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Limerick butchers celebrate century of master craftsmanship

Leader reporter


Leader reporter



Limerick butchers celebrate century of master craftsmanship

Anton Togher, Paul Craughan, Tom Reale and Derek Ratherly with the latest in a long line of awards - Picture: Adrian Butler

LIMERICK’S leading butchers, O’Connell’s, are celebrating 100 years of serving the local community.

The famous twin shops on Little Catherine Street opened in 1919. Today, brother and sister proprietors, Paul,  Jean and Mary  Craughan continue to provide the people of Limerick with quality food and a quality service with a friendly, familiar smile. 

Paul Craughan’s family have worked in the shop for 70 years, with his father Phil running it before him.

“In the early ‘50s, my father went to work for Paddy O’Connell, who was the original owner. Paddy retired in 1974 and my father then bought out the business. I joined in 1982,” said Paul. The staff are one happy team with the vastly experienced  Tom Reale working in the business for the last 43 years.

Numerous awards decorate the walls but they marked their centenary in style in Frankfurt this summer. The beat off competition from almost 2,000 rivals to win the prestigious World Cup for craft butchers. The product that won the gold medal was smoked belly of pork -  appropriate because O’Connell’s are renowned for their Limerick ham. They are proud to maintain the high standards set by the O’Mara Bacon Company.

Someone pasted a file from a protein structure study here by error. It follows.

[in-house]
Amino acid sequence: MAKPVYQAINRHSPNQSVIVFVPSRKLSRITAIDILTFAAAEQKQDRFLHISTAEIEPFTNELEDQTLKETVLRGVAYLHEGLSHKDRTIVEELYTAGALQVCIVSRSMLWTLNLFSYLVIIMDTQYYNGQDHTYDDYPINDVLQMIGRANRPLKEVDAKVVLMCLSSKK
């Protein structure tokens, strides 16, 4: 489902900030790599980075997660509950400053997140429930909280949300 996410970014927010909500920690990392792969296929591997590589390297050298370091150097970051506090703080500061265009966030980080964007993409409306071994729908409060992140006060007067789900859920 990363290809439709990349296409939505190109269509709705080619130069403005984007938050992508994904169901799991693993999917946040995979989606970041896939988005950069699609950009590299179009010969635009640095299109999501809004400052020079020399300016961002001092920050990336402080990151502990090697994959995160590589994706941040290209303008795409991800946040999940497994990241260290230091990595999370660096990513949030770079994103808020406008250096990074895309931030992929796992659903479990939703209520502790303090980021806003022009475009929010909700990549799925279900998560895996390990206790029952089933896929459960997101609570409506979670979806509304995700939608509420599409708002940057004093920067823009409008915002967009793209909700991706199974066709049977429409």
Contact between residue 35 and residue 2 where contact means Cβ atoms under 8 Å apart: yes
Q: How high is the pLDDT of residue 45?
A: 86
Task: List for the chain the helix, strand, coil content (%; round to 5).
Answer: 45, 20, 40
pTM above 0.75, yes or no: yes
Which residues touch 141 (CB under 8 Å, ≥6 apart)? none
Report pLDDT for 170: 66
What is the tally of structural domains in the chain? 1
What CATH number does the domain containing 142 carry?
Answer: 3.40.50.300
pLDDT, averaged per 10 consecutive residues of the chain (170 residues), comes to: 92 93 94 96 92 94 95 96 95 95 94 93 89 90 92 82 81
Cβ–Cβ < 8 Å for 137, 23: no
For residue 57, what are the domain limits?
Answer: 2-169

As a result of the World Cup win, they were invited to submit their winning entry to the Normandy-based Commanderie des Fins Goustiers du Duché d’Alençon. It is dedicated to the promotion and recognition of the highest quality meat products from Europe. Paul and Anton Togher were then formerly inducted into the chapter. Closer to home, they have been named national spice beef award winners. It is best associated with Cork but now people from the Rebel county are coming to Limerick for O’Connell’s spiced beef!

Paul says what sets them is apart is that they source all their meat from local farmers and everything from their sausages to beef stir fry is made in-house by their superb staff. It is the epitome of farm to fork.

For any business to survive as long as O’Connell’s have, they have to learn to adapt over time. As the demand for what we eat has changed, so have their products.

However, one thing has remained the same: the quality of the product which they serve. Their convenience foods, like the very popular Bang Bang chicken, is convenient for us but not for them as it is all freshly prepared in the butchers. Interestingly, there is still a demand for packet and tripe. O’Connell’s match the old with the new.